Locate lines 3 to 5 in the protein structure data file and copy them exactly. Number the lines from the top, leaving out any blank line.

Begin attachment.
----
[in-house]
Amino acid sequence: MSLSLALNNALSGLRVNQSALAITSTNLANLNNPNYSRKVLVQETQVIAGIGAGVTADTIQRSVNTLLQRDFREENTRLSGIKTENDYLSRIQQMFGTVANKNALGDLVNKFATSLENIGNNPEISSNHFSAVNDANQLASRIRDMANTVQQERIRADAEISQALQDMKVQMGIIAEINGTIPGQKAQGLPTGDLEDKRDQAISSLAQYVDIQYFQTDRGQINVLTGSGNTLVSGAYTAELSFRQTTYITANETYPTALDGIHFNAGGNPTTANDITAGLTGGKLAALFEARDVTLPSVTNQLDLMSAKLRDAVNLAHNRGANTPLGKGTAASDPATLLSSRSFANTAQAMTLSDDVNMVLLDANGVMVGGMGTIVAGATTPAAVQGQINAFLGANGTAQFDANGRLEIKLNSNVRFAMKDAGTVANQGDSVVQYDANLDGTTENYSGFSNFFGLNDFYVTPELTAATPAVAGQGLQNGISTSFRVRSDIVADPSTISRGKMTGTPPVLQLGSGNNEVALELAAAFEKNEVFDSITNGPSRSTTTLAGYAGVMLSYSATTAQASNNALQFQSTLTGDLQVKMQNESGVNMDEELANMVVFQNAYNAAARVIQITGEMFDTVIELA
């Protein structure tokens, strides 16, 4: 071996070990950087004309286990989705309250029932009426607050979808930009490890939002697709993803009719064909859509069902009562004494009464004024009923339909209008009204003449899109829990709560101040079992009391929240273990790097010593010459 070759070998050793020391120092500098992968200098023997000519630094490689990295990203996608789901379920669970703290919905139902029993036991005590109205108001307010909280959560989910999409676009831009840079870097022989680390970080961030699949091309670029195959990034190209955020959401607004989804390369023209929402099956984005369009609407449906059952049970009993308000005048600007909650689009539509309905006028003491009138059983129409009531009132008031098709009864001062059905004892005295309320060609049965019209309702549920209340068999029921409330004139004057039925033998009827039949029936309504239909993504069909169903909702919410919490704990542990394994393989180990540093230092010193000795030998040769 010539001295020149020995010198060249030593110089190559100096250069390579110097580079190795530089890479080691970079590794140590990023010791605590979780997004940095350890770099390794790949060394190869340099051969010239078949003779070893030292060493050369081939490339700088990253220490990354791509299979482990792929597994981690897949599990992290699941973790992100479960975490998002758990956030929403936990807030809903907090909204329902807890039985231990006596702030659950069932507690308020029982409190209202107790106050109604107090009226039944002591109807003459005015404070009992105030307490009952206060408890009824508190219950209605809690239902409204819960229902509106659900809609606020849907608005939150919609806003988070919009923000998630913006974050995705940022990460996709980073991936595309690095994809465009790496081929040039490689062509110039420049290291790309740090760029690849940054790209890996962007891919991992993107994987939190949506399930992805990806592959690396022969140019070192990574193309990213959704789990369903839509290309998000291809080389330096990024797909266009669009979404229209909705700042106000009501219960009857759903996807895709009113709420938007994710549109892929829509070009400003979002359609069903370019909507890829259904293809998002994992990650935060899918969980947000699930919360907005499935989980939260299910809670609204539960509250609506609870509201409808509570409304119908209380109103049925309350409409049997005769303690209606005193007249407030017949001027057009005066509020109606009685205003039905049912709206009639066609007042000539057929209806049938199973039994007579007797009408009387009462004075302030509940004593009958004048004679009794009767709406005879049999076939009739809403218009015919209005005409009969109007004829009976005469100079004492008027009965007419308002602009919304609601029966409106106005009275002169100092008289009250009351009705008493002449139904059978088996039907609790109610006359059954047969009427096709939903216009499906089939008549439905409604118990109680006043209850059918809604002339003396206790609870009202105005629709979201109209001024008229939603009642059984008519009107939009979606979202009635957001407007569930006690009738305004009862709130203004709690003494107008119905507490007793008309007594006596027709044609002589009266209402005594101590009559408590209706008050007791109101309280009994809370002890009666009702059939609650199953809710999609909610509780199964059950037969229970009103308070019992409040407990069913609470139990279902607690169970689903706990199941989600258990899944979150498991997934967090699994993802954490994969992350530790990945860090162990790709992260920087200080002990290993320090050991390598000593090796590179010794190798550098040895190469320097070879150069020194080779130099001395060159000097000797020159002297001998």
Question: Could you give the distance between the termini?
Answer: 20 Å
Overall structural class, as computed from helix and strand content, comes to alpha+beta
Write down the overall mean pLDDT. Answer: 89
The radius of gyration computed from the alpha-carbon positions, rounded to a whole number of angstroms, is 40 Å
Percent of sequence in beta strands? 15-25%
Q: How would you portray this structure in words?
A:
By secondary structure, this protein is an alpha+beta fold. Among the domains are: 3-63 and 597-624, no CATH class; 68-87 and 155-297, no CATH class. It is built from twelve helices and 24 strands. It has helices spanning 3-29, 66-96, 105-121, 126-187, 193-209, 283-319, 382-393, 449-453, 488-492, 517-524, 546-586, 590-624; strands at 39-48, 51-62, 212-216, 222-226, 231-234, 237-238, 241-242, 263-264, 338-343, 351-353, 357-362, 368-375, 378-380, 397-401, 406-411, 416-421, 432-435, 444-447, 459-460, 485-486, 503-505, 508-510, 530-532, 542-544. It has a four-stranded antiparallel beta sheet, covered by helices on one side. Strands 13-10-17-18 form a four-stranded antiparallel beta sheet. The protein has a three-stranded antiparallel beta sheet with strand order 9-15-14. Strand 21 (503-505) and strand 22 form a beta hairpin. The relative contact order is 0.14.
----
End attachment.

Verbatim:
């Protein structure tokens, strides 16, 4: 071996070990950087004309286990989705309250029932009426607050979808930009490890939002697709993803009719064909859509069902009562004494009464004024009923339909209008009204003449899109829990709560101040079992009391929240273990790097010593010459 070759070998050793020391120092500098992968200098023997000519630094490689990295990203996608789901379920669970703290919905139902029993036991005590109205108001307010909280959560989910999409676009831009840079870097022989680390970080961030699949091309670029195959990034190209955020959401607004989804390369023209929402099956984005369009609407449906059952049970009993308000005048600007909650689009539509309905006028003491009138059983129409009531009132008031098709009864001062059905004892005295309320060609049965019209309702549920209340068999029921409330004139004057039925033998009827039949029936309504239909993504069909169903909702919410919490704990542990394994393989180990540093230092010193000795030998040769 010539001295020149020995010198060249030593110089190559100096250069390579110097580079190795530089890479080691970079590794140590990023010791605590979780997004940095350890770099390794790949060394190869340099051969010239078949003779070893030292060493050369081939490339700088990253220490990354791509299979482990792929597994981690897949599990992290699941973790992100479960975490998002758990956030929403936990807030809903907090909204329902807890039985231990006596702030659950069932507690308020029982409190209202107790106050109604107090009226039944002591109807003459005015404070009992105030307490009952206060408890009824508190219950209605809690239902409204819960229902509106659900809609606020849907608005939150919609806003988070919009923000998630913006974050995705940022990460996709980073991936595309690095994809465009790496081929040039490689062509110039420049290291790309740090760029690849940054790209890996962007891919991992993107994987939190949506399930992805990806592959690396022969140019070192990574193309990213959704789990369903839509290309998000291809080389330096990024797909266009669009979404229209909705700042106000009501219960009857759903996807895709009113709420938007994710549109892929829509070009400003979002359609069903370019909507890829259904293809998002994992990650935060899918969980947000699930919360907005499935989980939260299910809670609204539960509250609506609870509201409808509570409304119908209380109103049925309350409409049997005769303690209606005193007249407030017949001027057009005066509020109606009685205003039905049912709206009639066609007042000539057929209806049938199973039994007579007797009408009387009462004075302030509940004593009958004048004679009794009767709406005879049999076939009739809403218009015919209005005409009969109007004829009976005469100079004492008027009965007419308002602009919304609601029966409106106005009275002169100092008289009250009351009705008493002449139904059978088996039907609790109610006359059954047969009427096709939903216009499906089939008549439905409604118990109680006043209850059918809604002339003396206790609870009202105005629709979201109209001024008229939603009642059984008519009107939009979606979202009635957001407007569930006690009738305004009862709130203004709690003494107008119905507490007793008309007594006596027709044609002589009266209402005594101590009559408590209706008050007791109101309280009994809370002890009666009702059939609650199953809710999609909610509780199964059950037969229970009103308070019992409040407990069913609470139990279902607690169970689903706990199941989600258990899944979150498991997934967090699994993802954490994969992350530790990945860090162990790709992260920087200080002990290993320090050991390598000593090796590179010794190798550098040895190469320097070879150069020194080779130099001395060159000097000797020159002297001998």
Question: Could you give the distance between the termini?
Answer: 20 Å